Swiss Probe of Malaysia Fund Sees $4 Billion Possible Misuse

Images From 1MDB'S Tun Razak Exchange Construction Site As Controversy Fuels Criticism Of Malaysia Premier

Signage for 1Malaysia Development Bhd. (1MDB) is displayed at the site of the Tun Razak Exchange (TRX) project in Kuala Lumpur, Malaysia, on July 17, 2015.

Photographer: Goh Seng Chong/Bloomberg
  • 1MDB is subject of investigations in Malaysia, overseas
  • Malaysia AG dismissed some requests for action against 1MDB

Switzerland’s prosecutors are seeking legal assistance from Malaysia after a probe into a government investment fund revealed “serious indications” that about $4 billion may have been misappropriated from state companies in the Southeast Asian nation.

The Swiss Attorney-General’s office said in a statement Friday that during an investigation of 1Malaysia Development Bhd., four cases involving allegations of criminal conduct and occurring between 2009 and 2013 have so far come to light. It has been ascertained a small amount of funds were transferred to Swiss accounts of former Malaysian public officials, according to the statement. The Swiss authority is seeking help from the Malaysian attorney general to determine whether funds were misappropriated.

“The monies believed to have been misappropriated would have been earmarked for investment in economic and social development projects in Malaysia,” the Swiss authority said in the statement. “To date, however, the Malaysian companies concerned have made no comment on the losses they are believed to have incurred. The object of the request for mutual assistance is therefore to advise the companies and the Malaysian government of the results of the Swiss criminal proceedings, with the aim of finding out whether losses on this scale have been sustained.”

Multiples Probes

1MDB, whose advisory board is headed by Prime Minister Najib Razak, has been the subject of overlapping investigations in Malaysia, as well as overseas jurisdictions including Singapore and Hong Kong amid allegations of financial irregularities. 

1MDB said in a statement Saturday that it hasn’t been contacted by any foreign legal authorities on any matters relating to the company.

“1MDB remains committed to fully cooperating with any lawful authority and investigation, subject to advice from the relevant domestic lawful authorities, and in accordance with international protocols governing such matters,” the company said in the statement.

Malaysia will cooperate with its Swiss counterparts and review the findings before determining a course of action, Attorney General Mohamed Apandi Alisaid in a statement Saturday. A spokesman for the Prime Minister’s Office said they won’t be commenting on the matter.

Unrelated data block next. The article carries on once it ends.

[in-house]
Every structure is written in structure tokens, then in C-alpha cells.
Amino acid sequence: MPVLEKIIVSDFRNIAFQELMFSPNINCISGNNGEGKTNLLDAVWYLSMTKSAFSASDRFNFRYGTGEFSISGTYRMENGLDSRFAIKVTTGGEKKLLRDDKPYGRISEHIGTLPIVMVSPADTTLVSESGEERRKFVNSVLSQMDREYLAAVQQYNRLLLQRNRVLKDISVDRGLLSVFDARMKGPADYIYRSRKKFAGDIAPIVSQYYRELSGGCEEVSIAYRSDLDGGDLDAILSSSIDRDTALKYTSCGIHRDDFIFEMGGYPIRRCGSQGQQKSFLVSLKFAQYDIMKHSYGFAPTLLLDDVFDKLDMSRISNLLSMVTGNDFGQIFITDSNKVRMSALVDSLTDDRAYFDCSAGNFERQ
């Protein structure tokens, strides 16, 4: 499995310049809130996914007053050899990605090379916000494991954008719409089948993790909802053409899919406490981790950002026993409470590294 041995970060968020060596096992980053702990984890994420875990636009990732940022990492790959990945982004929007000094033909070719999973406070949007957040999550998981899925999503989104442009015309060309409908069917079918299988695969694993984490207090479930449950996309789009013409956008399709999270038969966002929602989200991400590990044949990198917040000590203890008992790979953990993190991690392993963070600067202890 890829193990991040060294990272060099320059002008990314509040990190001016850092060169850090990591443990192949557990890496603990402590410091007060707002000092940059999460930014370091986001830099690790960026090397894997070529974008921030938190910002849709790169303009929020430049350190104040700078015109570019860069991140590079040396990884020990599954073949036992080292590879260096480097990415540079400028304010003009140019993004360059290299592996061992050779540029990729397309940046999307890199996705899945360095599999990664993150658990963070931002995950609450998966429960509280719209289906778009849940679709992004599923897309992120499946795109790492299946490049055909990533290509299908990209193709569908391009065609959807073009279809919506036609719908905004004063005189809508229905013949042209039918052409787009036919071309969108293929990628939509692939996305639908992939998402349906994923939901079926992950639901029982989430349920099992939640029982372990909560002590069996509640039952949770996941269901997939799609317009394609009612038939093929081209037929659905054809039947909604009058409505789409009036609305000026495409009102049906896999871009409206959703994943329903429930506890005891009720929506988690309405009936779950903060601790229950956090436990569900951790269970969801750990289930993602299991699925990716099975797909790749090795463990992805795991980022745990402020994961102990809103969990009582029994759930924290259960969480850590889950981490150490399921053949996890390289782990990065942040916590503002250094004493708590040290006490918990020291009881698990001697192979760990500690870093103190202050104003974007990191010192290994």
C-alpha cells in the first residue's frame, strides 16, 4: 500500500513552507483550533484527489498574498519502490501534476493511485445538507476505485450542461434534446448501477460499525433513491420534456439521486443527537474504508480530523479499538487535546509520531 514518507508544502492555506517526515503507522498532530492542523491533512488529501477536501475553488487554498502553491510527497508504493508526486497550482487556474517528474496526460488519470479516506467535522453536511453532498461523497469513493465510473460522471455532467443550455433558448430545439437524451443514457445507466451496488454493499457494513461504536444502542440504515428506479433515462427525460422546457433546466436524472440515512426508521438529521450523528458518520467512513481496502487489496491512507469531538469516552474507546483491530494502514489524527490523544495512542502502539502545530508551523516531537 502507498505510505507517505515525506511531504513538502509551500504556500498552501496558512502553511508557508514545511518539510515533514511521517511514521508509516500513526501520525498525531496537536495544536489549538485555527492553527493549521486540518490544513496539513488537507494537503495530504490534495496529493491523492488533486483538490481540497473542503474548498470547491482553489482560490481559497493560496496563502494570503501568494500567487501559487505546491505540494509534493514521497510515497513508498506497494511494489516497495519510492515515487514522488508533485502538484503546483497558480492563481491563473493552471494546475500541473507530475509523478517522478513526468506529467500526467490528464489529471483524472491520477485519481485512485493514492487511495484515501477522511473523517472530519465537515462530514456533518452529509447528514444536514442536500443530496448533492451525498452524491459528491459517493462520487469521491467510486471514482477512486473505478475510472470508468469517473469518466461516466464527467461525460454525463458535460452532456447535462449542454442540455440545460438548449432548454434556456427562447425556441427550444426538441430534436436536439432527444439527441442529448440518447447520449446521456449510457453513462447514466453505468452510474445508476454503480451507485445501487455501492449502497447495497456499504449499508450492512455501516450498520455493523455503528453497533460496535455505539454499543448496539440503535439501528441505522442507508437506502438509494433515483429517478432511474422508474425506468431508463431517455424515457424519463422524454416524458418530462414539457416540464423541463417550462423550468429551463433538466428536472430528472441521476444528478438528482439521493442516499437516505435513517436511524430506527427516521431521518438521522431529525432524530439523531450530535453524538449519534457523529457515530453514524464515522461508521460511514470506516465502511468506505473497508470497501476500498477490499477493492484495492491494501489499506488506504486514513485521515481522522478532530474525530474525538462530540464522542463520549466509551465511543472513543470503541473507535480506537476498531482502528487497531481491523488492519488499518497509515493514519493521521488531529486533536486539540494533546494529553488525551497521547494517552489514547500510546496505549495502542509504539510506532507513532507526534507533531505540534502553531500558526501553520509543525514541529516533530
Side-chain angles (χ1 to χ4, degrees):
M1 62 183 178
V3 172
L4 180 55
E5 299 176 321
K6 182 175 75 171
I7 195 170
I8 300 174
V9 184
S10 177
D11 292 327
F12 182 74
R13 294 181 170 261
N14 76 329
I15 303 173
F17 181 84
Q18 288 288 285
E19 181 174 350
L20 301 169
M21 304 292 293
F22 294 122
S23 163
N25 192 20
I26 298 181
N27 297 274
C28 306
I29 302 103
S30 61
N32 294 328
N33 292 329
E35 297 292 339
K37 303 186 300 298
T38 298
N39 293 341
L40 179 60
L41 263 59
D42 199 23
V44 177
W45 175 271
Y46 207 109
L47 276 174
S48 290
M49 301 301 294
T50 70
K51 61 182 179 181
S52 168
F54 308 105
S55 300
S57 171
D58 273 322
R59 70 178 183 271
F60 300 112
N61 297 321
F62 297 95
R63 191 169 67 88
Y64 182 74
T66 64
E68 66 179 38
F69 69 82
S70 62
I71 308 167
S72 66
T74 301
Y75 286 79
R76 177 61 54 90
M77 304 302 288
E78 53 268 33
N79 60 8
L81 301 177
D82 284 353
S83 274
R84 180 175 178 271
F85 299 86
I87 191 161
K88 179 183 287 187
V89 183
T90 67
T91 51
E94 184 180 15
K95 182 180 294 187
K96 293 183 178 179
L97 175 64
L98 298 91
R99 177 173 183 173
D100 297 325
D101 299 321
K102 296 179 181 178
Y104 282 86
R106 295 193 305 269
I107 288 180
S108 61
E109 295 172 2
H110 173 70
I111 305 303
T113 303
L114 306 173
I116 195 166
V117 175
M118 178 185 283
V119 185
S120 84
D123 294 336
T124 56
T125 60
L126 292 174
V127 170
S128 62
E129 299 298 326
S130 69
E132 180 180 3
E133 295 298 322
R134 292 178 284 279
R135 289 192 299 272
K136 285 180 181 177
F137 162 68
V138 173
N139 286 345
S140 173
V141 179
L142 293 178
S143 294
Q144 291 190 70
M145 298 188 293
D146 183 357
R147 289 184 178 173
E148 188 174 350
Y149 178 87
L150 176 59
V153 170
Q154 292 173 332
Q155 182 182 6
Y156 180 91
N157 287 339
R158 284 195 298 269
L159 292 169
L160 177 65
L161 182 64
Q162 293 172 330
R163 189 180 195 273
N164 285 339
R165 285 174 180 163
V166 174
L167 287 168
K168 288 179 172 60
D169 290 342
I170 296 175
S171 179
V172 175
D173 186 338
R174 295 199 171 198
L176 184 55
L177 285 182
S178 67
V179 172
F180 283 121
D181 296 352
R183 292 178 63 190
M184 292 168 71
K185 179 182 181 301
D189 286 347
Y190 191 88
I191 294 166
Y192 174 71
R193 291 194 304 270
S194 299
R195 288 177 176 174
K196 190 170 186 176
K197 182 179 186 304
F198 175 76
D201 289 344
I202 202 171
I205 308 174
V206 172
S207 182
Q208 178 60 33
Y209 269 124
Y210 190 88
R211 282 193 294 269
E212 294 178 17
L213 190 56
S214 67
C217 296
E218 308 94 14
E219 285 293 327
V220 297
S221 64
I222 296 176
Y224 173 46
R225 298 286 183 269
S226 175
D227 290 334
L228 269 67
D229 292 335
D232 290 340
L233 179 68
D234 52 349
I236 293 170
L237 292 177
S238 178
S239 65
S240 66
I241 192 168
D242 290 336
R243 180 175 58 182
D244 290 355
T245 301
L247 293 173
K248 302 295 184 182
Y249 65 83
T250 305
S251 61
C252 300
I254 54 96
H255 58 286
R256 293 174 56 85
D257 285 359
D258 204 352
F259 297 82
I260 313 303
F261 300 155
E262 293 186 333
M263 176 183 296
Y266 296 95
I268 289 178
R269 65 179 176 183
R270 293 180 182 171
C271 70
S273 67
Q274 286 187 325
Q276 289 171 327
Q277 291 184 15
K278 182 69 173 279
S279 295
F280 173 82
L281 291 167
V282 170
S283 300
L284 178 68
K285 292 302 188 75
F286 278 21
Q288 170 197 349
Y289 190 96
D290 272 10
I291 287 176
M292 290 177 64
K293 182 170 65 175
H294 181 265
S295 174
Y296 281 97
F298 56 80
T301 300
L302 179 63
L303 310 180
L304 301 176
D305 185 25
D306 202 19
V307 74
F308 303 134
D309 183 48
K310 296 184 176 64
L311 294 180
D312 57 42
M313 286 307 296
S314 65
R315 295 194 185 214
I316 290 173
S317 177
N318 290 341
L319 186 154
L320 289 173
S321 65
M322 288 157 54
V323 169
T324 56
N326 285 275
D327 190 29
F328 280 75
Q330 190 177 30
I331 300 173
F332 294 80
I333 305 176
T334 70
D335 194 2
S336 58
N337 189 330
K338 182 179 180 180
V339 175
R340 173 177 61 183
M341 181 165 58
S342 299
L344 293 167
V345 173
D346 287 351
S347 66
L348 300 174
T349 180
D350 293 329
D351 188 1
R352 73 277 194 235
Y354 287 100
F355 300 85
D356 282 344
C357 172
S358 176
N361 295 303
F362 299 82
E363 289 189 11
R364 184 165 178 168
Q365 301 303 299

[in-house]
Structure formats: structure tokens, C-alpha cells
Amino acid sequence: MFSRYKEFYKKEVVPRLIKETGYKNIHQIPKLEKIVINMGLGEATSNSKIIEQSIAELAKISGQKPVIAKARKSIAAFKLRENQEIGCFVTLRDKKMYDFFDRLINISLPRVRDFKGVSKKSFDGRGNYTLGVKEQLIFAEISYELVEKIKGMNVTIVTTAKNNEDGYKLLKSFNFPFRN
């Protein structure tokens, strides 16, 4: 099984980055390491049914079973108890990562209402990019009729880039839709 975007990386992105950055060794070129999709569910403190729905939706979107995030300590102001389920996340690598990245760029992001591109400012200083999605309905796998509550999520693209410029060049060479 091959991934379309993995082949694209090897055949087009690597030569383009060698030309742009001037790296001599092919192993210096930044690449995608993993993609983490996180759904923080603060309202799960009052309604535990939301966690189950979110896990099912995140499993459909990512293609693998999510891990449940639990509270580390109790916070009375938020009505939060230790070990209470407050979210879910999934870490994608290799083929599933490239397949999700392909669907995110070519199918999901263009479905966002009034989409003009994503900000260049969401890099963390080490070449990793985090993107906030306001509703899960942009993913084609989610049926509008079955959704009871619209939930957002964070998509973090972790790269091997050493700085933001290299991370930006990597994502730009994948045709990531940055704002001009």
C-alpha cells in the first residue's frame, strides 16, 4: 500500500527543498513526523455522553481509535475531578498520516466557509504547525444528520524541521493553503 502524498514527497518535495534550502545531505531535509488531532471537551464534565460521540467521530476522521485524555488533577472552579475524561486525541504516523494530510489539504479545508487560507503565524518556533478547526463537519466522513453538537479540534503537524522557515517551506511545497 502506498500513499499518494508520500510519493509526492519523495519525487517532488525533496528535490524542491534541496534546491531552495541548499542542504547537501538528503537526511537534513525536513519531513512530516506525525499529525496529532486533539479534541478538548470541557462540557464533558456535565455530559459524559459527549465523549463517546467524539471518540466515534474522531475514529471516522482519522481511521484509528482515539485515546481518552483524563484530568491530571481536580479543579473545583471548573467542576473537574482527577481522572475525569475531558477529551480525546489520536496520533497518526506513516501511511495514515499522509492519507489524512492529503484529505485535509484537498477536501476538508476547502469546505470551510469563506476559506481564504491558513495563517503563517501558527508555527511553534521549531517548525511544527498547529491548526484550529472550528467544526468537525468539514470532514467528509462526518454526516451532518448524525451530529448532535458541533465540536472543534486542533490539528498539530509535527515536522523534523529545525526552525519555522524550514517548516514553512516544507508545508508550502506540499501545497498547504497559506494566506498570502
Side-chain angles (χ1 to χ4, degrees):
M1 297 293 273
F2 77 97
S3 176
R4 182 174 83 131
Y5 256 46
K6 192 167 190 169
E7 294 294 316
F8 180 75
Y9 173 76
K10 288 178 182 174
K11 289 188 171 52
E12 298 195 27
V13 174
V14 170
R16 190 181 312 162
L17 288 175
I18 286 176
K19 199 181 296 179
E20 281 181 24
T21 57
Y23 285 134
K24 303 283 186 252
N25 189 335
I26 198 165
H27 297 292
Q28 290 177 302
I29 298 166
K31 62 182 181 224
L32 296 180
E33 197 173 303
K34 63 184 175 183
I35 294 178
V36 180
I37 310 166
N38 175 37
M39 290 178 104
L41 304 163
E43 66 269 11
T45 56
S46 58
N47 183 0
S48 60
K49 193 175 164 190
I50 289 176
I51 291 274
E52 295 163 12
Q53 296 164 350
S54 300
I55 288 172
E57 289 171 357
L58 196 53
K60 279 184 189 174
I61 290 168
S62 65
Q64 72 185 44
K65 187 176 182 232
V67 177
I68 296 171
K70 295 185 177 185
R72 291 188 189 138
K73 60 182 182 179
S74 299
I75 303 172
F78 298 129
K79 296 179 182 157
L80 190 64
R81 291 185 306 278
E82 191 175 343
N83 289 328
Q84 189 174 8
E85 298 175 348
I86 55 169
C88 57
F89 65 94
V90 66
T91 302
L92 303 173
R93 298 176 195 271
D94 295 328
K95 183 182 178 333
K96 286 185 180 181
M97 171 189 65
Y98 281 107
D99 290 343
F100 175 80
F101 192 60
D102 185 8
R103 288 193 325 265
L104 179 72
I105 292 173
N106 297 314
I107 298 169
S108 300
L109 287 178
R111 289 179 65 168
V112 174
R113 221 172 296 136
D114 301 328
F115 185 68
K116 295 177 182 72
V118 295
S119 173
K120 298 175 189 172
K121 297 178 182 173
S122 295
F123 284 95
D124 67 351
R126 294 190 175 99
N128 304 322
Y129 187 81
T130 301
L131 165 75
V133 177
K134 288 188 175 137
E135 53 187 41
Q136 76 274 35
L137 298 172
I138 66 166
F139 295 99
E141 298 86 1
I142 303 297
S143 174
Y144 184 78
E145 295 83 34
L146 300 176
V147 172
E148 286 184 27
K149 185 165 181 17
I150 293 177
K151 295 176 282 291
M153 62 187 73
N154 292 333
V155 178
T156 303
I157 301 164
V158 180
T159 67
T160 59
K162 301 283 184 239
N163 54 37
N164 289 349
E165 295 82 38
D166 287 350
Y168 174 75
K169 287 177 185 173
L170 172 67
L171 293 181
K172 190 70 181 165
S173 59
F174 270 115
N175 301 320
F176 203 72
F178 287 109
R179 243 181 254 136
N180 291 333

Criminal Proceedings

Swiss authorities in August opened criminal proceedings against two executives of 1MDB and what it classified as "persons unknown" on suspicions of bribery of foreign public officials, misconduct in public office, money laundering and criminal mismanagement. The proceedings were based on notifications of suspicious transaction reports by the Swiss financial intelligence unit MROS, the attorney-general’s office said in September.

While the Swiss statement on Friday didn’t identify any individuals, it named companies “in connection” to its investigation of 1MDB. The suspected cases that were discovered were “each involving a systemic course of action carried out by means of complex financial structures,” according to the statement.

Genting Bhd., one of the companies mentioned by the Swiss prosecutor, declined to comment. 1MDB built an energy business by acquiring assets from Genting and Tanjong Plc. Calls after office hours to Tanjong, another company cited in the statement, weren’t answered.

Requests Dismissed

While an initial Malaysian auditor general’s report in July on 1MDB didn’t reveal any suspicious activity, the nation’s central bank had made requests for the attorney general to initiate criminal proceedings against the debt-ridden company. The Malaysian attorney general’s office dismissed the central bank’s requests, which alleged that 1MDB breached the Exchange Control Act. 

Separately, the attorney general closed the door on a graft investigation into Najib this month, clearing him of wrongdoing over a “personal contribution” of $681 million from Saudi Arabia’s royal family, and funds from a company linked to 1MDB that appeared in his personal bank accounts. Under Malaysia’s federal constitution, the decision to initiate criminal prosecution lies solely with the attorney general.

Najib has maintained the funds were not used for private benefit, with $620 million later returned to the Saudi donors, although there hasn’t been a clear explanation as to what the rest was spent on or where that money is now. Both the premier and 1MDB have consistently denied any wrongdoing.

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